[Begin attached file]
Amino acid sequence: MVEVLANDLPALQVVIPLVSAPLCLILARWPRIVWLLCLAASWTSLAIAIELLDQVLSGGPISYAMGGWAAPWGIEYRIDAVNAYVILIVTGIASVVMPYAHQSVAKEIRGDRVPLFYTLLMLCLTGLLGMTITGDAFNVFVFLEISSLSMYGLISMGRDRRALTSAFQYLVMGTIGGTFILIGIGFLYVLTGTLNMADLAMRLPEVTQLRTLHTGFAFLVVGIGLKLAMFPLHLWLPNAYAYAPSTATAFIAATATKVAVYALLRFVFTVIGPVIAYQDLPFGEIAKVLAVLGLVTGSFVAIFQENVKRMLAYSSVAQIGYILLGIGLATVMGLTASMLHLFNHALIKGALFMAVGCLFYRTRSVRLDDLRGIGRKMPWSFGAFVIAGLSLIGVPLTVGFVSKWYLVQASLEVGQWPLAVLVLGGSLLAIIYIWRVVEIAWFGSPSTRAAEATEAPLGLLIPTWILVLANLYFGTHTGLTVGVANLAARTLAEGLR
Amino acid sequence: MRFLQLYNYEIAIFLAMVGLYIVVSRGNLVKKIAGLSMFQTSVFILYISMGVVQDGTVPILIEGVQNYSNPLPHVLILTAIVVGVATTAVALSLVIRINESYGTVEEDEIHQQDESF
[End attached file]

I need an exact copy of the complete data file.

Amino acid sequence: MVEVLANDLPALQVVIPLVSAPLCLILARWPRIVWLLCLAASWTSLAIAIELLDQVLSGGPISYAMGGWAAPWGIEYRIDAVNAYVILIVTGIASVVMPYAHQSVAKEIRGDRVPLFYTLLMLCLTGLLGMTITGDAFNVFVFLEISSLSMYGLISMGRDRRALTSAFQYLVMGTIGGTFILIGIGFLYVLTGTLNMADLAMRLPEVTQLRTLHTGFAFLVVGIGLKLAMFPLHLWLPNAYAYAPSTATAFIAATATKVAVYALLRFVFTVIGPVIAYQDLPFGEIAKVLAVLGLVTGSFVAIFQENVKRMLAYSSVAQIGYILLGIGLATVMGLTASMLHLFNHALIKGALFMAVGCLFYRTRSVRLDDLRGIGRKMPWSFGAFVIAGLSLIGVPLTVGFVSKWYLVQASLEVGQWPLAVLVLGGSLLAIIYIWRVVEIAWFGSPSTRAAEATEAPLGLLIPTWILVLANLYFGTHTGLTVGVANLAARTLAEGLR
Amino acid sequence: MRFLQLYNYEIAIFLAMVGLYIVVSRGNLVKKIAGLSMFQTSVFILYISMGVVQDGTVPILIEGVQNYSNPLPHVLILTAIVVGVATTAVALSLVIRINESYGTVEEDEIHQQDESF